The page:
Similarly, a study supported the use of NSAIDs for patients post-acute ankle sprain
(Slatyer et al 1997) yet ankle sprain recurrence within 1-year is up to 33% (Hupperets et al 2009). Again, there has yet to be a study investigating if the use of NSAIDs is in any way associated with the risk of recurrence.


The million-dollar question remains, could the use of NSAIDs post-acute musculoskeletal injuries actually increase the risk of recurrence due to inadequate repair?

The correct answer remains unknown as the studies, primarily involving rats and rabbits,
give conflicting results. However, in this biased paper, I shall summarize a number of studies concluding that NSAIDs significantly reduce the quality and strength of bones and soft-tissues during healing.


Firstly, in a study (Warden et al 2006) 60 rats received a controlled incision of their knee
medial collateral ligament (MCL) simulating an acute grade II MCL sprain. After 2 weeks they demonstrated that compared to the control group, the rats who received NSAIDs (celecoxib) 5 days a week had significantly delayed healing where the MCL could absorb 33% less energy before tearing.

In a second study (Ferry et al 2007) 200 rats received a controlled incision on their patellar tendons at the inferior pole of the patella. The injured rats were then randomized into 7 groups where they received one of the following analgesics for 2 weeks: ibuprofen, acetaminophen, naproxen, piroxicam, celecoxib, valdecoxib, or control.

At 2 weeks, all the animals were sacrificed, and their patellar tendons were biomechanically analyzed. They demonstrated that the tendon strength in the control group (no meds) was significantly stronger and had a greater maximum load compared with the celecoxib, valdecoxib, and piroxicam groups.

Here is a summary quote from the paper,

“Anti-inflammatory drugs, with the exception of ibuprofen, had a detrimental effect on healing strength at the bone- tendon junction” and “Acetaminophen had no effect on healing strength.” (Ferry et al 2007)

To continue, here is the third rat study (Dimmens et al 2009) where the Achilles tendons of 60 rats were not only cut, but a 3 mm segment of the tendon was fully cut out and left unrepaired. Post-injury, the rats were given one of two NSAIDs (parecoxib or indomethacin) or a placebo for one week. After 2 weeks when the rats were sacrificed, they found that those who received NSAIDs had impaired tendon healing and had significantly lower Achilles tendon tensile strength when compared to the control group. Relative to the control group, the diameter of the tendons were reduced in both NSAID groups.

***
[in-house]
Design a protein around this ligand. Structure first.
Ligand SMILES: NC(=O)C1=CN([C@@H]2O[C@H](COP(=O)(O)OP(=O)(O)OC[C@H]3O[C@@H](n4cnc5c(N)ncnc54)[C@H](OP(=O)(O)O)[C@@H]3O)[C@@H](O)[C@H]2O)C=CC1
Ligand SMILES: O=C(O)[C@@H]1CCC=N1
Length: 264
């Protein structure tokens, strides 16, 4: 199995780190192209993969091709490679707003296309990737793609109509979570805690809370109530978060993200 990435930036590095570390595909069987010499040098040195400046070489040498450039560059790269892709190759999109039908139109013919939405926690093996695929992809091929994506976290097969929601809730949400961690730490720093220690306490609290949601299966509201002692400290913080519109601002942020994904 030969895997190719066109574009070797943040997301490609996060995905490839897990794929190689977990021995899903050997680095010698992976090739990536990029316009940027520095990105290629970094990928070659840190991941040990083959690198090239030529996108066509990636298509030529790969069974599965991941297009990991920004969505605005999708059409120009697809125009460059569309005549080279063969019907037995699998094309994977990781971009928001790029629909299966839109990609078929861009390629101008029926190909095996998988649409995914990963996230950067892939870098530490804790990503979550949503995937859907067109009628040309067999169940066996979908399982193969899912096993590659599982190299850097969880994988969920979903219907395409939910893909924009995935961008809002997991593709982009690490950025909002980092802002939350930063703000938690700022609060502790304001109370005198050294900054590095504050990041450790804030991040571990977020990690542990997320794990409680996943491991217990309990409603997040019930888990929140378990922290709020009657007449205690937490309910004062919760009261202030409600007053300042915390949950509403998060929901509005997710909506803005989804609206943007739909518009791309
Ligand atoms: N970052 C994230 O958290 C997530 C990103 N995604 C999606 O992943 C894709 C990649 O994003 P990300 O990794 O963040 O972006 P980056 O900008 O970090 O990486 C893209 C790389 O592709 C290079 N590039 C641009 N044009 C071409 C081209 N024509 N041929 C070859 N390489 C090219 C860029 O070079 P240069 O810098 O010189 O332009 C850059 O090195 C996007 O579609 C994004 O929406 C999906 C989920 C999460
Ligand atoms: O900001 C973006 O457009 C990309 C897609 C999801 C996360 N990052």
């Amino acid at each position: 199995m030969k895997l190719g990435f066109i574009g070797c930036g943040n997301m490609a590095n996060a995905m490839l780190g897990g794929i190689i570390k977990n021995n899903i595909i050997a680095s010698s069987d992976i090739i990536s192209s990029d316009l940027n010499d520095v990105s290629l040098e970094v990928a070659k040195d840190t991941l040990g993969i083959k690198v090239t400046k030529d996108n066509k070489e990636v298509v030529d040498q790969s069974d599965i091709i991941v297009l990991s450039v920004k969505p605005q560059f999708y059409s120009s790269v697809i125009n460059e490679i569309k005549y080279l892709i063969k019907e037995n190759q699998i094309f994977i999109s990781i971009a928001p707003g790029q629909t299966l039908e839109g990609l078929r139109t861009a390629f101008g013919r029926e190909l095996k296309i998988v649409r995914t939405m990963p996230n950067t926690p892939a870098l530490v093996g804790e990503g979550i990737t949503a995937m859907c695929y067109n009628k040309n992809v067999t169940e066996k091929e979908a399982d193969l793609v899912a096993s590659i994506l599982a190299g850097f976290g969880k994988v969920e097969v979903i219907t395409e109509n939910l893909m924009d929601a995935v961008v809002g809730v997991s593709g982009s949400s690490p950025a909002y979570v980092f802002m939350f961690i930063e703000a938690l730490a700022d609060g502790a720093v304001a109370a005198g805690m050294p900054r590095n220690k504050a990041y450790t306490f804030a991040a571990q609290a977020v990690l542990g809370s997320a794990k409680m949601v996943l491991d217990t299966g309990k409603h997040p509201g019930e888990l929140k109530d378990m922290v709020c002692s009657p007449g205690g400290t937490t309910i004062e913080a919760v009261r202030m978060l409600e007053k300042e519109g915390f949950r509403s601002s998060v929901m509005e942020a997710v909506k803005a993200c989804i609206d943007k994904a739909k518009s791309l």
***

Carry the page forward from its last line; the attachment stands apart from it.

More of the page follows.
In the most recent and fourth study, once again rats received surgical rotator cuff repairs. They showed that those given NSAIDs (meloxicam) between 11-20 days after post-op had significantly reduced biomechanical strength of their repaired rotator cuff tendon when compared to the placebo group (Chechik et al 2014).


Enough rat studies, let’s take a look at this study (Cohen et al 2006) where 180 rabbits received rotator cuff repairs. Immediately post-op the rabbits were given either placebo or one of two NSAIDs (celecoxib or indomethacin) for 2 weeks post-op. The animals were then sacrificed after 2, 4 and 8 weeks and their rotator cuff tendons were biomechanically and histologically analyzed. There were significantly lower rotator cuff failure loads in the rabbits who received the NSAIDs and in fact 5 of the tendons in the NSAID group completely failed to heal whereas all the tendons in the control group healed. Collagen organization and maturation was significantly poorer in the NSAID group at 4 and at 8 weeks post-op. Here is a quote from the paper published in the American Journal of Sports Medicine,

“…nonsteroidal anti-inflammatory drugs significantly inhibited tendon-to-bone healing… If the results of this study are verified in a larger animal model, the common practice of administering non-steroidal anti-inflammatory drugs after rotator cuff repair should be reconsidered.” (Cohen et al 2006)

Despite all the above-mentioned animal studies, the most recent literature review on this topic concludes that there is insufficient evidence to support that NSAIDs may have a detrimental effect on soft-tissue healing; however, there is clear evidence that some NSAIDs have an inhibitory effect on bone healing (Chen & Dragoo 2013).